Anya Kamenetz

Anya Kamenetz is NPR's lead education blogger. She joined NPR in 2014, working as part of a new initiative to coordinate on-air and online coverage of learning.

Kamenetz is the author of several books. Her latest is The Art of Screen Time: How Your Family Can Balance Digital Media and Real Life (PublicAffairs, 2018).

Her previous books were Generation Debt; DIY U: Edupunks, Edupreneurs, and the Coming Transformation of Higher Education, and The Test.

Kamenetz covered technology, innovation, sustainability, and social entrepreneurship for five years as a staff writer for Fast Company magazine. She's contributed to The New York Times, The Washington Post, New York Magazine, Slate, and O, the Oprah Magazine, and appeared in documentaries shown on PBS and CNN.

Kamenetz was named a 2010 Game Changer in Education by the Huffington Post, received 2009, 2010, and 2015 National Awards for Education Reporting from the Education Writers Association, and won an Edward R. Murrow Award for innovation in 2017 along with the rest of the NPR Ed team.

Kamenetz grew up in Baton Rouge and New Orleans, Louisiana, in a family of writers and mystics, and graduated from Yale University in 2002. She lives in New York City.

Hello! Money is on our minds in this mid-January edition of the Weekly Roundup.

Student loan default is a "crisis," report says

It's a new year and a new edition of our weekly education news roundup. welcome back!

DeVos plans to make it harder for defrauded students to get their money back

After another round of holidays, it's safe to assume, a lot of children have been diving into media more than usual. They may have received new electronic toys and gadgets or downloaded new apps and games. Managing all that bleeping and buzzing activity causes anxiety in many parents. Here's a roundup of some of the latest research, combined with some of our previous reporting, to help guide your decision-making around family screen use.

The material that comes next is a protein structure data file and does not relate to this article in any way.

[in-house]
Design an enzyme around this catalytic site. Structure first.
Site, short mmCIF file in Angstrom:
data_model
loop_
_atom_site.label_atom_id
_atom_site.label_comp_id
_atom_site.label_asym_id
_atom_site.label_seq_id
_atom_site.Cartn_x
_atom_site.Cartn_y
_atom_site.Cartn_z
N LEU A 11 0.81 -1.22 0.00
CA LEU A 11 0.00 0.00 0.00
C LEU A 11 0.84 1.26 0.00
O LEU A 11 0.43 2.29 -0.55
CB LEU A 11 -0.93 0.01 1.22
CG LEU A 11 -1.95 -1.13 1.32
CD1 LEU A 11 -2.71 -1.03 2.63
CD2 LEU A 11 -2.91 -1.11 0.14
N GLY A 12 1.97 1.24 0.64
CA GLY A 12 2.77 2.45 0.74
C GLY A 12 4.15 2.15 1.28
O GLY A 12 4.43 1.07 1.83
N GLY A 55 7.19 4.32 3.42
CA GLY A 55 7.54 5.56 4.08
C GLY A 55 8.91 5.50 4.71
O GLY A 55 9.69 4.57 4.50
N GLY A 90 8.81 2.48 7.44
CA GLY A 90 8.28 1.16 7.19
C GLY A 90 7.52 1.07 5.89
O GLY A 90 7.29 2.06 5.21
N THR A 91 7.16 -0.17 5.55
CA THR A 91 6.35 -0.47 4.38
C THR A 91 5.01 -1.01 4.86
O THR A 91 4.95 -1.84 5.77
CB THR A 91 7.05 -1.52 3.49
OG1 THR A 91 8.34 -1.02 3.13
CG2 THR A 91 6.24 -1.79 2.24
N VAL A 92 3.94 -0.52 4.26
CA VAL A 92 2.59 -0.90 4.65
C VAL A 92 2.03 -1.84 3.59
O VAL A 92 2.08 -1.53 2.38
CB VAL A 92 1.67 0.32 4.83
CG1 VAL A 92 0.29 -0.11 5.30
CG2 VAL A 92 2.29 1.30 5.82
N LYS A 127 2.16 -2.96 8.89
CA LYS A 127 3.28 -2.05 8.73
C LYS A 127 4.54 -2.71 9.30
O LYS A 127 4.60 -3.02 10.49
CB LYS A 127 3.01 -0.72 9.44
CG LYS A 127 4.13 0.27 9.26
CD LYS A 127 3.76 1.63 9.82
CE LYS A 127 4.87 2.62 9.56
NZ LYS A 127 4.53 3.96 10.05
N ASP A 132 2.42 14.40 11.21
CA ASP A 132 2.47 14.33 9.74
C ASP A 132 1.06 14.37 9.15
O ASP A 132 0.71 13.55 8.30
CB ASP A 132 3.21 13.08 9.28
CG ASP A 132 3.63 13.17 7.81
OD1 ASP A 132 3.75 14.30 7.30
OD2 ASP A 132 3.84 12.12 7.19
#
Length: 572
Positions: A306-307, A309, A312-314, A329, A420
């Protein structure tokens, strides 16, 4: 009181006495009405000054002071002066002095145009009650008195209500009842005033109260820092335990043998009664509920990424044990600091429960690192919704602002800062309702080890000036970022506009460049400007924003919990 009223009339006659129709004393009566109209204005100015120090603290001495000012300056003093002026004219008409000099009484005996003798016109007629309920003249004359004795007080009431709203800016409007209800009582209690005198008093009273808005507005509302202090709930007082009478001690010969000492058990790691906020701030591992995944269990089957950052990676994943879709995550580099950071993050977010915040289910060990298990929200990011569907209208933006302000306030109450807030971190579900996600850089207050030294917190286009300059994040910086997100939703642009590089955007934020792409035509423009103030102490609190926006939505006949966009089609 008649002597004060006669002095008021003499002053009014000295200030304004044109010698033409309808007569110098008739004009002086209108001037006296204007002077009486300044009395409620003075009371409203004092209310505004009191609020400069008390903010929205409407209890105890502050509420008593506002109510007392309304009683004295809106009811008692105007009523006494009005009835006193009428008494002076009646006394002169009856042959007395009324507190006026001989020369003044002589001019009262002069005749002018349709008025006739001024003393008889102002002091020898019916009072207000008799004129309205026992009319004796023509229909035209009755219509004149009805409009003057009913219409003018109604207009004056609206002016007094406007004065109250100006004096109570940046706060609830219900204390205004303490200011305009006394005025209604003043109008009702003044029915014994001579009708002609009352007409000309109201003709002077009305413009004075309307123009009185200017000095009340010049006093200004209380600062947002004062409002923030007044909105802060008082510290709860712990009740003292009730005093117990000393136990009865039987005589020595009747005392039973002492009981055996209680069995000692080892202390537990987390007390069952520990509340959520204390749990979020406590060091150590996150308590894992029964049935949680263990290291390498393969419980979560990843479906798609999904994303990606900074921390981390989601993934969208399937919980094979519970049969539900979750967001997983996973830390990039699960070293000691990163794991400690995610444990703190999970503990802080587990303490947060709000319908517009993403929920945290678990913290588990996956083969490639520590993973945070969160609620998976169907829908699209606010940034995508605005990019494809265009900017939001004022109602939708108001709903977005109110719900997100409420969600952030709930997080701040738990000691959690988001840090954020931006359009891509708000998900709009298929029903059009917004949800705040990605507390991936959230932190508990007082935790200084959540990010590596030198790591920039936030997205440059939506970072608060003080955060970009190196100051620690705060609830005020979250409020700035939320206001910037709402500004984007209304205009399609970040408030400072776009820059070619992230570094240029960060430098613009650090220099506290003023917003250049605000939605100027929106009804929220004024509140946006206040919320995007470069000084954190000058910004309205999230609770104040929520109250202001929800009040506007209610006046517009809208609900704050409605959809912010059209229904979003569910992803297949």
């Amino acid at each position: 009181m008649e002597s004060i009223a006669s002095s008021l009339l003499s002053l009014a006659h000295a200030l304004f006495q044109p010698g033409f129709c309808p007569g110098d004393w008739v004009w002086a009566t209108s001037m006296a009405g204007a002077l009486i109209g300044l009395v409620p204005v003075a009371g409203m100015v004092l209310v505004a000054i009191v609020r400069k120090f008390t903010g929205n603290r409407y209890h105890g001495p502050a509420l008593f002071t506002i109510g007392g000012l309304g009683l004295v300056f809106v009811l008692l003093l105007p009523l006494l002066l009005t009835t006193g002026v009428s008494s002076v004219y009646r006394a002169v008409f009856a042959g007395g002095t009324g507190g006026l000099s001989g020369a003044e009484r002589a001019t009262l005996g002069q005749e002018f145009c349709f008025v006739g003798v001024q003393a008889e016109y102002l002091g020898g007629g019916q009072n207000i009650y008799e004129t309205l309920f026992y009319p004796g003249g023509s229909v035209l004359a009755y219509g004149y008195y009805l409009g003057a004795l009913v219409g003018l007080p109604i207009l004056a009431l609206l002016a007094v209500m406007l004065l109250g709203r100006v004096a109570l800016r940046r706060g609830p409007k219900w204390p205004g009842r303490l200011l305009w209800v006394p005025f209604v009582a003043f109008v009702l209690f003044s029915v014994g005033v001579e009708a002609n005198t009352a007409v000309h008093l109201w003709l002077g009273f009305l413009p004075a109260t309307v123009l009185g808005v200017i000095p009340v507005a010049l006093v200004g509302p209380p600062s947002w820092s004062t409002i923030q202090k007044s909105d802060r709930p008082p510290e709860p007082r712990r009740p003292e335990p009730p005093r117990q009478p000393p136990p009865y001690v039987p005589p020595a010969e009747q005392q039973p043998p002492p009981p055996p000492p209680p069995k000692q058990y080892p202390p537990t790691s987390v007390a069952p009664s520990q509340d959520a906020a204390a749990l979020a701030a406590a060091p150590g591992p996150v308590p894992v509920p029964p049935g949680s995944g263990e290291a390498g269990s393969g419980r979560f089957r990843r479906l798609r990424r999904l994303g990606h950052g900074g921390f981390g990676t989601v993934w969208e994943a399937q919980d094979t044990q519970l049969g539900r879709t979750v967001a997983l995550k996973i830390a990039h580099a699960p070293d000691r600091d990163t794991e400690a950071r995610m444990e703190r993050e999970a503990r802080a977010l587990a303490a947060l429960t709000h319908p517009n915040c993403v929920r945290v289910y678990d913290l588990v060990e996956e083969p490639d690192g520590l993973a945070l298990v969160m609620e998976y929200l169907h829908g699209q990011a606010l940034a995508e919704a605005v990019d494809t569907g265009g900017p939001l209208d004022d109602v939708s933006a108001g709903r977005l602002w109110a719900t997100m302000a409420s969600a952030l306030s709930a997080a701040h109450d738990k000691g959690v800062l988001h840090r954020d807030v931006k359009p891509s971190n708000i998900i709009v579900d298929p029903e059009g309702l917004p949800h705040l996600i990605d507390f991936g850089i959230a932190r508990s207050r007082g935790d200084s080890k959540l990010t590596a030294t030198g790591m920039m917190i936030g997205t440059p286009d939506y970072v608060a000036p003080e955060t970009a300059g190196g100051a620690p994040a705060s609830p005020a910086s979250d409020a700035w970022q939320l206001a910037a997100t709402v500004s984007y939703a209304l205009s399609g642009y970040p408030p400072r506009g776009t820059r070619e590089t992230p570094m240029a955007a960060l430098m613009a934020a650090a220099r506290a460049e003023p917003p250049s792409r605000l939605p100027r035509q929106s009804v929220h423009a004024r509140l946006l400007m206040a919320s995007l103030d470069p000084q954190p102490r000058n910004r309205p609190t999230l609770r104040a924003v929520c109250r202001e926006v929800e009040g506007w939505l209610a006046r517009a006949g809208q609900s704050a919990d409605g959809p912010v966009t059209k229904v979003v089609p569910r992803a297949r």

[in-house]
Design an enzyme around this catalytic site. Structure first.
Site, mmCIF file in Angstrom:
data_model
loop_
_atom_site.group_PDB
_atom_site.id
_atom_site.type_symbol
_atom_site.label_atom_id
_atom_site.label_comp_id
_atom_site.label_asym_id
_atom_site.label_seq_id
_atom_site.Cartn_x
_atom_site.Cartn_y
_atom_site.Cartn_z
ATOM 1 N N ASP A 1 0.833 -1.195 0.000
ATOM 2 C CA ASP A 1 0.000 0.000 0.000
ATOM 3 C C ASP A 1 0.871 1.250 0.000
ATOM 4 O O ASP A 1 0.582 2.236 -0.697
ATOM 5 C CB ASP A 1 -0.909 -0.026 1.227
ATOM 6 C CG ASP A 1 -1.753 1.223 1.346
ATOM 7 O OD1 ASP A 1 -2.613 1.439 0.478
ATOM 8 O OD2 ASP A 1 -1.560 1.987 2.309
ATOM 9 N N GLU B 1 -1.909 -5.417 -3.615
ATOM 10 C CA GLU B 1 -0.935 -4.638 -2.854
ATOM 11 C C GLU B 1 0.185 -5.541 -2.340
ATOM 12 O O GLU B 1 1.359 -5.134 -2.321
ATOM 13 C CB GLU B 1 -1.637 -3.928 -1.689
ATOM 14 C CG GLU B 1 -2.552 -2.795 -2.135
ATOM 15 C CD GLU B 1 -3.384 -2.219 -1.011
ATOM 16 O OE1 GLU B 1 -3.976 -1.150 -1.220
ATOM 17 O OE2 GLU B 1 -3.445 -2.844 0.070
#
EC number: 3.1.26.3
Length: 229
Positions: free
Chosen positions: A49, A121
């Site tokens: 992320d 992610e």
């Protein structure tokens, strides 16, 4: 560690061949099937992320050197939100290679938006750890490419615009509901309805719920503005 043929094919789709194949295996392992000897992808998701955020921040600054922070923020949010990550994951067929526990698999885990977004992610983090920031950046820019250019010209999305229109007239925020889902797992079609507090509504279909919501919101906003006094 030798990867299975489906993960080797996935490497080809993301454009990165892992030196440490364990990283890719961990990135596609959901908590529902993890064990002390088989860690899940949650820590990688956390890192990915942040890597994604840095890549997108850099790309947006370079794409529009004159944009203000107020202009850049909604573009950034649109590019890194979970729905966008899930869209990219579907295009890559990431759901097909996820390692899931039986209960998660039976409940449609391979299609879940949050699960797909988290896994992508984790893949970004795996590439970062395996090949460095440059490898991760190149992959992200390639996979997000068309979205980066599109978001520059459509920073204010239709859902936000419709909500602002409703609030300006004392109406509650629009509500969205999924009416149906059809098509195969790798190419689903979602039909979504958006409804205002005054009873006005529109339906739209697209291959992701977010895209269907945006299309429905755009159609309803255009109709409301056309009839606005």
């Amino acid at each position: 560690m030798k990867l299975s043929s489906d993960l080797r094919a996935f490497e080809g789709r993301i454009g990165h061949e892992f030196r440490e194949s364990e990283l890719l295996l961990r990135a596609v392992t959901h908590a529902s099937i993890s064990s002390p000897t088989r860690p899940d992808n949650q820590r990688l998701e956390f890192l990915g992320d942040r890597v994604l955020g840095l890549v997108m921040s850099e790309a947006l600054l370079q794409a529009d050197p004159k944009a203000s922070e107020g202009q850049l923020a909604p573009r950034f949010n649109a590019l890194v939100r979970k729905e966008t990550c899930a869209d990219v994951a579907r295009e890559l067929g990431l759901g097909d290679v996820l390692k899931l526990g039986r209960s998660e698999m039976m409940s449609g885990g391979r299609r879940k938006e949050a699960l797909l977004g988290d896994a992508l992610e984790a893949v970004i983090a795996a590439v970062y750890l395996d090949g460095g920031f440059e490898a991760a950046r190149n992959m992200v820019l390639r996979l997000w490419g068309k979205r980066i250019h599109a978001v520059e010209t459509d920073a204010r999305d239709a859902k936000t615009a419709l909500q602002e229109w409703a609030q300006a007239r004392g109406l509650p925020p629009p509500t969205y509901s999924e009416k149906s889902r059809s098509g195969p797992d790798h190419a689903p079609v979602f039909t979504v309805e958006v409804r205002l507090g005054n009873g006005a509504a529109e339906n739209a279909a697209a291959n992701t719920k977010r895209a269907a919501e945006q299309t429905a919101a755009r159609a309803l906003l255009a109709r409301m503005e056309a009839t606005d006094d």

1. Globally, tech brings young people opportunity as well as risk

Reporters and researchers are just starting to comb through the huge, rushed-to-passage tax package to figure out the implications.

One of the changes, according to the Institute on Taxation & Economic Policy, which advocates for a "fair and sustainable" tax system, allows far more wealthy donors in 10 states to turn a profit through "donations" to private school scholarships.

The NPR series, "Take A Number," is exploring problems around the world — and the people who are trying to solve them — each through the lens of a single number.

Thirty-six percent.

That was the high school graduation rate for youth in foster care in Seattle and King County, Washington, in 2010.

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